[2] [Samba] Re: How Samba let us down

Craig Peacock Craig.Peacock at beyondlogic.org
Thu Oct 24 13:34:04 GMT 2002

Regarding tests you can perform on the windows side:

A couple of months ago, a samba user wrote in this group explaining 
that the easiest way to reproduce op-lock break timeouts was to select 
10 or 20 so MS Word files and open them all once. (I've tried multiuser 
test programs which lock regions, write CRC'ed data and checks it etc, 
but I can't find anything that beats MS Office for op-locks and data 
corruption :( - It's just unfortunate it is one of the most used 
corporate applications) 

Based on this theory, I wrote a quick JScript to command MS office 
products (Word/Excel/Powerpoint) to open a file and close it which 
loops for 1000 iterations. 

var i;
var myApp = new ActiveXObject("Word.Application");
myApp.Visible = true;
for (i = 0; i < 1000; i++)

Further scripts can be downloaded from 

Now I will admit that the test is only as good as the M$ products and I 
find it interesting to see someone mention a bug in Word causing data 
corruption. However from my tests conducted on Netware 5, Windows 2000 
Server and Samba 2.2.5, Netware 5 performs flawlessly, Windows 2000 
Server just as well (although a rare hicup every now and again) and 
Samba has the frequent oplock break timeout with very rare data 
corruption. (If you uncomment the saveas line in the script enabling 
the file to be saved, you can check if your file withstood 1000 
open/save operations without data corruption. . . Or run it all day) 

However in saying this samba is only as good as the file system it is 
serving the files from. I use a samba drive at work and get a couple of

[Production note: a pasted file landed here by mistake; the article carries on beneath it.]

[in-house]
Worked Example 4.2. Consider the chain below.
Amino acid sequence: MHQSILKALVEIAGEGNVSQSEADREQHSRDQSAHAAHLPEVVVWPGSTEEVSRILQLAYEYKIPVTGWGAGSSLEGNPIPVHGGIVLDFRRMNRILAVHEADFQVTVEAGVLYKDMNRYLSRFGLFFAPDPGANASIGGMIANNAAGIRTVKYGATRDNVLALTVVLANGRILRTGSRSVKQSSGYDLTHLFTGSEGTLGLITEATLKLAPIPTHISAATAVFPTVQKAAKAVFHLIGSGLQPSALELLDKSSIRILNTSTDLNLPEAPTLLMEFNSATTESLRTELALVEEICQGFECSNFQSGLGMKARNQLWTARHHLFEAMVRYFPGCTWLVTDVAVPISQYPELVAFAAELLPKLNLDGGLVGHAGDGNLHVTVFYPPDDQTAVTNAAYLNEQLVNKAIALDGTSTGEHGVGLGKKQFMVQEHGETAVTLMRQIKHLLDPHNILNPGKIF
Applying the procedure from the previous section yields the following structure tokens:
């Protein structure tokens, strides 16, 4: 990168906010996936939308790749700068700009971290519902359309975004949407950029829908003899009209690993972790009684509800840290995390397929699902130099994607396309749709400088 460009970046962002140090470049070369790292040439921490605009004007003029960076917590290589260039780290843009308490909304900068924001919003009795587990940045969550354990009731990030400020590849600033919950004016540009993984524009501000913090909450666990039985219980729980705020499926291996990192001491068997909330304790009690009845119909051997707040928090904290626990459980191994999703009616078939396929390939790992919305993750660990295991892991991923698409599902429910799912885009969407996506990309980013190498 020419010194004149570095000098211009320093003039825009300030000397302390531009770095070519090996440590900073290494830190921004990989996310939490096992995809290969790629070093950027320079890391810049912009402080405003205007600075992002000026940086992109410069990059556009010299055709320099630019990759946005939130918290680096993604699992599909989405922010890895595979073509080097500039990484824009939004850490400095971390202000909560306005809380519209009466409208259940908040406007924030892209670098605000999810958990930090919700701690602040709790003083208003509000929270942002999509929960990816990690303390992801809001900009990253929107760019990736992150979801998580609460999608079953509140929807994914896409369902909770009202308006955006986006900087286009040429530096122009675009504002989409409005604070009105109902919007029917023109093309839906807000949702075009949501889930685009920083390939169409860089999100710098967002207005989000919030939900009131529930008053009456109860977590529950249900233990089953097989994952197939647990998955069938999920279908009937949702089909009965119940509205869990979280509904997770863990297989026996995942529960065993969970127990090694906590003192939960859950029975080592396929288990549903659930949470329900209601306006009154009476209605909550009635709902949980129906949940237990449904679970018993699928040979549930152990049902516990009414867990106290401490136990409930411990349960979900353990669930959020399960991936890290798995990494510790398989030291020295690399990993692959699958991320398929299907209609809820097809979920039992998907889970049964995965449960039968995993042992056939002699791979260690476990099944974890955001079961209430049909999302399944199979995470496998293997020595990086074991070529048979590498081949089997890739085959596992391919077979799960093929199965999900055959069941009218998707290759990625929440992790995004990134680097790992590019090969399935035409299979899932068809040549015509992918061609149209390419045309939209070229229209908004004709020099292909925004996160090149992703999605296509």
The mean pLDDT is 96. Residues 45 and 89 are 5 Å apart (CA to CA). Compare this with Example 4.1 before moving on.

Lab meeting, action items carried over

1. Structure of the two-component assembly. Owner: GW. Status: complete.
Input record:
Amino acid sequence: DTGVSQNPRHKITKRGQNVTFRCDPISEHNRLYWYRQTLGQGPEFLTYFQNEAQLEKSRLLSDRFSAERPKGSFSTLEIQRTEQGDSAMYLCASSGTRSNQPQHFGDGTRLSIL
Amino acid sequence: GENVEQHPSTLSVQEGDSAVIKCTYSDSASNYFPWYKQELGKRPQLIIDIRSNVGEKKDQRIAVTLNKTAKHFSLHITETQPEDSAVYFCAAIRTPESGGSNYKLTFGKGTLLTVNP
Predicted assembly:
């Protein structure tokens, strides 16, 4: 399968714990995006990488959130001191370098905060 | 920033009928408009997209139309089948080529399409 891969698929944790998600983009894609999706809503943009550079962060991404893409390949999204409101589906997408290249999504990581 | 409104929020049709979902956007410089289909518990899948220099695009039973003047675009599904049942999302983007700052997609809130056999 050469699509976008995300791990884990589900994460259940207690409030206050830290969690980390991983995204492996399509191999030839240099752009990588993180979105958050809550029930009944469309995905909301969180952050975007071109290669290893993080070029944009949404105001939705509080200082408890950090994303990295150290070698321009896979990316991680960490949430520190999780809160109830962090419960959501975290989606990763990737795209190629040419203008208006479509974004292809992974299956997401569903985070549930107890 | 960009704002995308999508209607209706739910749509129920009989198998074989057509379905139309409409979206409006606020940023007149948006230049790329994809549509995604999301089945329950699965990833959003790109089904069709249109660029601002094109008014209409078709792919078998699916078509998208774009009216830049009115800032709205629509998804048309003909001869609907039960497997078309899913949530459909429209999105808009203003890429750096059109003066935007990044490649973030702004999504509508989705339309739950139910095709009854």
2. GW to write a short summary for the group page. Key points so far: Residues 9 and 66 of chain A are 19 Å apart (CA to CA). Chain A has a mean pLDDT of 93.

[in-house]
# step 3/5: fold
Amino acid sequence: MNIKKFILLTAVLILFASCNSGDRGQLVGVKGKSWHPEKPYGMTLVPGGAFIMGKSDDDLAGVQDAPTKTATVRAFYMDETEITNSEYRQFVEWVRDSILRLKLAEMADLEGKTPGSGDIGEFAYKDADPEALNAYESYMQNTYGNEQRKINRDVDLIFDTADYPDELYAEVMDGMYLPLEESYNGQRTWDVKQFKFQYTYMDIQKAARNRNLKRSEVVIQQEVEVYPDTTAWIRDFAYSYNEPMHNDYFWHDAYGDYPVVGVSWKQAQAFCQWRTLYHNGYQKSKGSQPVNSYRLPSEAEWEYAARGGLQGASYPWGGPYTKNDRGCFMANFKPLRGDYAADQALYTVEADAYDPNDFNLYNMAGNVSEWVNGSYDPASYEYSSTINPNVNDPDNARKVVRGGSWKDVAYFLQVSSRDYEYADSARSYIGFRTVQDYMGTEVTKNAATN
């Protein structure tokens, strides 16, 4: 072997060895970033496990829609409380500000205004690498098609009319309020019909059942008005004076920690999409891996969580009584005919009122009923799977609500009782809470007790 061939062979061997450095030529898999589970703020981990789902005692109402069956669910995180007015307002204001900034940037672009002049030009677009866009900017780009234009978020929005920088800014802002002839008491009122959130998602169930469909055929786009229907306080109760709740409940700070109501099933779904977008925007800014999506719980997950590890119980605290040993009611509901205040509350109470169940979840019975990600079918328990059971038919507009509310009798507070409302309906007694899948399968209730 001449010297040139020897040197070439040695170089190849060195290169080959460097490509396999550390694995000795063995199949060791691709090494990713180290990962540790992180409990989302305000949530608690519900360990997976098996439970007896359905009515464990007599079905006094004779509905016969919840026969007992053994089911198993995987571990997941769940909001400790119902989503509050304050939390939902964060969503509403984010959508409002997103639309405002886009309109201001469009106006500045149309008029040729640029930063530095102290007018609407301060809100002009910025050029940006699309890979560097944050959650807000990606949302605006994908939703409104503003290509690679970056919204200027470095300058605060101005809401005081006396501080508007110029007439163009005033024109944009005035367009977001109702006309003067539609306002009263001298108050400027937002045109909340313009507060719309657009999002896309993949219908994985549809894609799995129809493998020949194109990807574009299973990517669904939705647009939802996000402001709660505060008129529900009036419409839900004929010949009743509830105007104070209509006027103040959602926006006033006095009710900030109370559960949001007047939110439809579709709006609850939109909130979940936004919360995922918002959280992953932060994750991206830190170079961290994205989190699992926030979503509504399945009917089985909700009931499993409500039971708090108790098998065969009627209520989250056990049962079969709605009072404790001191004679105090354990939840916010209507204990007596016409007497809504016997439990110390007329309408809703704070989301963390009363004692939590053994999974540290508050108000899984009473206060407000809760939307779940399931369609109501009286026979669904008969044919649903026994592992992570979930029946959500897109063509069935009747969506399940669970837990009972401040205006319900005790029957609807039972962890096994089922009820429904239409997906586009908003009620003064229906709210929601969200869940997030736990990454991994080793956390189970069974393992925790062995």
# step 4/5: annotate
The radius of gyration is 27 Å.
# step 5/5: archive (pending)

oplock breaks each day and have seen the odd file corrupted. My home 
directory which comes from the same machine samba is installed on works 
fine, but with the occasional oplock break, yet some of my share drives 
which are NFS'ed from another machine is unusable on the best of days 
with 3 out of 4 opens causing an op-lock using the above scripts.

Now hopefully the couple of corrupted files I've seen is either MS Word 
or the bug in the write cache code of 2.2.5. So I would recommend 
upgrading to 2.2.6 and when you have a spare moment run a couple 
hundred iterations of office open/close operations and see what happens?
If you're confident, uncomment the save as line. 


Craig Peacock

Richard Sharpe <root at ns.aus.com> wrote on 24/10/2002 6:36:26 AM:

>In my opinion, while it is possible to do what you say, that is not how
>you will detect corruption. Corruption of the sort you mention will be
>detected very quickly in normal tests.
>The sort of corruption I think we should check for is the following:
>1. Samba getting confused when one user has multiple files open and 
>writes to different files in quick succession.
>2. Multiple samba clients having files open and the file system getting
>confused and mixing up writes from different users.
>cifs-load-gen would be an ideal tool for testing this if it is 
>extended in a couple of ways. I have started talking to JHT about this.
>BTW, Tridge has already written a file system stress tester, as have
>others, that can detect the second sort of corruption.
>rsharpe at ns.aus.com, www.richardsharpe.com,
>sharpe at samba.org, sharpe at ethereal.com
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